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Reds celebrate 75 years of lights this week.

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  • LouRugani
    75 Years of Lights by Steve Price on May 25th, 2010. We mentioned in yesterday s Crosley anniversary reminder that May 24, 1935 was a special day in Reds
    Message 1 of 1 , May 26 10:52 AM
      75 Years of Lights

      by Steve Price
      on May 25th, 2010.

      We mentioned in yesterday's Crosley anniversary reminder that May 24, 1935 was a special day in Reds' history; it was the first game played under the lights in Major League history (and there were three rounds of fighting between Reds catcher Astyanax Douglass and Phillies pitcher Jimmy Ring.)

      Yesterday, the 75th anniversary of that first night game, was a big enough deal that the Cincinnati Reds celebrated that event at last night's game against the Pirates.

      So here's some bonus information from that first night game. Reds ace Paul Derringer went the distance in leading the Reds to a 2-1 victory over the Philadelphia Phillies. Derringer allowed six hits and walked no one in improving his record to 5-2. Derringer was outstanding in 1935, finishing the season 22-13 with a 3.51 ERA for a Reds team that finished 68-85 and sixth in the National League.

      The Reds only managed four hits themselves off Phillies pitcher Joe Bowman with journeyman utility man Billy Sullivan supplying two of them. Scoring was completed early in the game, with Ival Goodman and Gilly Campbell supplying run scoring singles for the Reds to provide the margin of victory.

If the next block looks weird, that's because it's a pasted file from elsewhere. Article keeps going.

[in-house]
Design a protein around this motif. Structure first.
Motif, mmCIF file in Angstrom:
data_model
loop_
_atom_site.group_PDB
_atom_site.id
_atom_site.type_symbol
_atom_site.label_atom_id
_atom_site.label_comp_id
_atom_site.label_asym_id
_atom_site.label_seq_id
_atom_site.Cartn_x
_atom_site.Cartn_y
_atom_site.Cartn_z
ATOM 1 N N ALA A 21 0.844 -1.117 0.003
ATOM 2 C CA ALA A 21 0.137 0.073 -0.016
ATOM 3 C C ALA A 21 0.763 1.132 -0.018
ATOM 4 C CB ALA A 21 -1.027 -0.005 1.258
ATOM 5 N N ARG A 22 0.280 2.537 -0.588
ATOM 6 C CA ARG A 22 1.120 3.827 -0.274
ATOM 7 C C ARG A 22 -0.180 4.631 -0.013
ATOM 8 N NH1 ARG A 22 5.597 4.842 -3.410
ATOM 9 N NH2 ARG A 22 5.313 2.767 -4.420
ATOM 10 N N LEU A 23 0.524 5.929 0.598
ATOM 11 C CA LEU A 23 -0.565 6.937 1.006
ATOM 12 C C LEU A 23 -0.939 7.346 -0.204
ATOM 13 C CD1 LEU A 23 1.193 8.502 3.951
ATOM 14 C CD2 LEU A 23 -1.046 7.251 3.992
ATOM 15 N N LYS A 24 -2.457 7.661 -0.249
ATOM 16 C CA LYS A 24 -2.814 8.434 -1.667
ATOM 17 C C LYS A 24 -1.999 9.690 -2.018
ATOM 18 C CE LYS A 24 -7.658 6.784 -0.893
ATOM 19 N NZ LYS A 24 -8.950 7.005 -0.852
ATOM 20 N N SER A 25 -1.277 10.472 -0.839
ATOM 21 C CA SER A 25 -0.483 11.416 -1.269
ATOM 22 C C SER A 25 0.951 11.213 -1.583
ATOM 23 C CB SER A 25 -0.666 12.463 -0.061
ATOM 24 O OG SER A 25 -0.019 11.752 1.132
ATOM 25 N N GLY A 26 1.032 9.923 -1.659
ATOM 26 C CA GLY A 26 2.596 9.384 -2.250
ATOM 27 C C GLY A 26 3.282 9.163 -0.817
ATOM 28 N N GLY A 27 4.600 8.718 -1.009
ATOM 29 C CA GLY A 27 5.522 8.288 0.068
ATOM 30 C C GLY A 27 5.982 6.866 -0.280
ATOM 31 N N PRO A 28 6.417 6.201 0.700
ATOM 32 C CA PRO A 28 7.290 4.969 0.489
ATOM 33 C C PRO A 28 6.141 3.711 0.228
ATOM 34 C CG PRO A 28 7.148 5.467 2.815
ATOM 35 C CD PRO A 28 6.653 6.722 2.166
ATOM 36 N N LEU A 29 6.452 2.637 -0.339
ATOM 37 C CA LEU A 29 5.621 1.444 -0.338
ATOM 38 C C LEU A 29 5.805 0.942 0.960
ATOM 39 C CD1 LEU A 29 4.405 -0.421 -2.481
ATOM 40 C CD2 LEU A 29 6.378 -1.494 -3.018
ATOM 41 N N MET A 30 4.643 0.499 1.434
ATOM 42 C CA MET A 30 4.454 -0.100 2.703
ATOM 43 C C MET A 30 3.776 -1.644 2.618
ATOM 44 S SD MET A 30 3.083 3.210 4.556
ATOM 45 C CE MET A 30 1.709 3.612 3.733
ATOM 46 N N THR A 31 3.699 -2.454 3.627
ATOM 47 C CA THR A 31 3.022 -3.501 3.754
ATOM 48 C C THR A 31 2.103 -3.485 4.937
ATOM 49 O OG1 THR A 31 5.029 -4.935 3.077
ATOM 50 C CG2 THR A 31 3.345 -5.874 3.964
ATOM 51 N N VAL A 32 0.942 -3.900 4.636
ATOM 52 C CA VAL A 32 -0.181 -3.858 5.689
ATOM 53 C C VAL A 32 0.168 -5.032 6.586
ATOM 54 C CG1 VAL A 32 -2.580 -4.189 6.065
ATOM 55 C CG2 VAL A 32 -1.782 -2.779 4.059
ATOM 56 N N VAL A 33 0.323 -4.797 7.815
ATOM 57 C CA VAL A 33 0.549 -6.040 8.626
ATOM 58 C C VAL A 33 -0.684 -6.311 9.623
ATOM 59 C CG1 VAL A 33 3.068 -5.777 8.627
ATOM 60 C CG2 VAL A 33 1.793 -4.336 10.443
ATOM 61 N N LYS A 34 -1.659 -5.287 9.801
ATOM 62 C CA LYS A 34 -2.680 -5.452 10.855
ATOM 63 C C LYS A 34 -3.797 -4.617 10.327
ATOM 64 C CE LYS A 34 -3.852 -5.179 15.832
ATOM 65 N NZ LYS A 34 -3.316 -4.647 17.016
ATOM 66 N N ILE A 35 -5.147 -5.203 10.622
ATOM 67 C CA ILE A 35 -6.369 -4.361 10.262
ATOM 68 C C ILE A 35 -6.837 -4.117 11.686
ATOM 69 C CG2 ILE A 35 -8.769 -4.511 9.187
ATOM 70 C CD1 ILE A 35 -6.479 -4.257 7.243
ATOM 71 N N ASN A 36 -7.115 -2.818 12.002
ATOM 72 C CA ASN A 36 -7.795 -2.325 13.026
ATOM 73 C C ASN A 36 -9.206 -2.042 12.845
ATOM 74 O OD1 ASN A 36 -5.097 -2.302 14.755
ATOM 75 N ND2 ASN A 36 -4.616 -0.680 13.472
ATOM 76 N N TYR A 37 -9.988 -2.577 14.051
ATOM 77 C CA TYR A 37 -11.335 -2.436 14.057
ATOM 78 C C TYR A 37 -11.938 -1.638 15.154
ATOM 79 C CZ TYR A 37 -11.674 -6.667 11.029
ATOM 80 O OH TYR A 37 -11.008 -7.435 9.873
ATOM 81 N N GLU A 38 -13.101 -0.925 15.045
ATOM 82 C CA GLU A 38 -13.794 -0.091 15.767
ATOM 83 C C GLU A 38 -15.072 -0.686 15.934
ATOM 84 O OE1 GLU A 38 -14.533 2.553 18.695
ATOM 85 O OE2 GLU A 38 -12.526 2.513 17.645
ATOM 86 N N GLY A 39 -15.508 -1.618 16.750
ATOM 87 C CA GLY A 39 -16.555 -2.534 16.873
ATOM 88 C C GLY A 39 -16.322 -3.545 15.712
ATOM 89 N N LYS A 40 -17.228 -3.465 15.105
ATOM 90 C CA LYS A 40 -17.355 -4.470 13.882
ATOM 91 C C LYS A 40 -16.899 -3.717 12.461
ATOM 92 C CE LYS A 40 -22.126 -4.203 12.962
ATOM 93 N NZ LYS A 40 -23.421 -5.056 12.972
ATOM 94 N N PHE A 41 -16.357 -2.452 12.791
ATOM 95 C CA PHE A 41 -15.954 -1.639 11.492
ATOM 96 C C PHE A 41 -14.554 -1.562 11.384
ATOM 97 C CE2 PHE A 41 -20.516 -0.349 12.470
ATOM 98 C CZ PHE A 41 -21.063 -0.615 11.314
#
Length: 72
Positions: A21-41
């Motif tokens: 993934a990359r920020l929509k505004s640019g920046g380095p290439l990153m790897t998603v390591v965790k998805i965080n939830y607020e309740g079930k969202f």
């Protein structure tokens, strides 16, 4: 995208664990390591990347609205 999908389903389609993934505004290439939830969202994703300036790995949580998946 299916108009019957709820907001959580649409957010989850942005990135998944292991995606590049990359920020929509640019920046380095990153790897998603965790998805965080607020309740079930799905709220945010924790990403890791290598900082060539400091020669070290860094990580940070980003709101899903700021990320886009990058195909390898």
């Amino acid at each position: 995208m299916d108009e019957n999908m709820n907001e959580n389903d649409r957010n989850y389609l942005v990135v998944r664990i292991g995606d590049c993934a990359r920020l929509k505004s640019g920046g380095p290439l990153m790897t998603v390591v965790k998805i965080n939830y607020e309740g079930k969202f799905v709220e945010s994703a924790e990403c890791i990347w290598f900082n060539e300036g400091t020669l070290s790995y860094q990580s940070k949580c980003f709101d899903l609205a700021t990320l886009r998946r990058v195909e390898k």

As we know here, and according to the book "Day by Day in Cincinnati Reds History" (by Floyd Conner and John Snyder), the 632 lights installed at Crosley Field were illuminated when President Franklin D. Roosevelt pressed a button in the White House at 8:30 p.m. Both teams were allowed 15 minutes to practice defense on the field so that the players could get used to the available light.

      According to "Redleg Journal" (by Greg Rhodes and John Snyder), the National League allowed Reds owner Powel Crosley Jr. to play seven night games as a boost to attendance. The owners hoped the boost in attendance would jumpstart interest in Cincinnati and that once interest was rekindled, the Reds could stop the night-baseball-game gimmick. Reds' attendance in 1934 was only about 1/3 of the attendance the team had enjoyed as recently as 1926.

      The Reds were a good team in the 1920s and the Reds' teams of the early 1930s posted two of the three worst records of any Reds teams in history. Once the Reds began winning again, the fans returned, which all ownership groups should recognize.

      The night game was originally scheduled for the previous night but was rained out. Many at the time thought that divine intervention had prevented the game from being played, but the first Major League night game was merely delayed by one day.

      The Phillies starting pitcher in that first night game was Joe Bowman. His last season came as a Red for the 1945 season when he went 11-13 and was then released after World War II ended.
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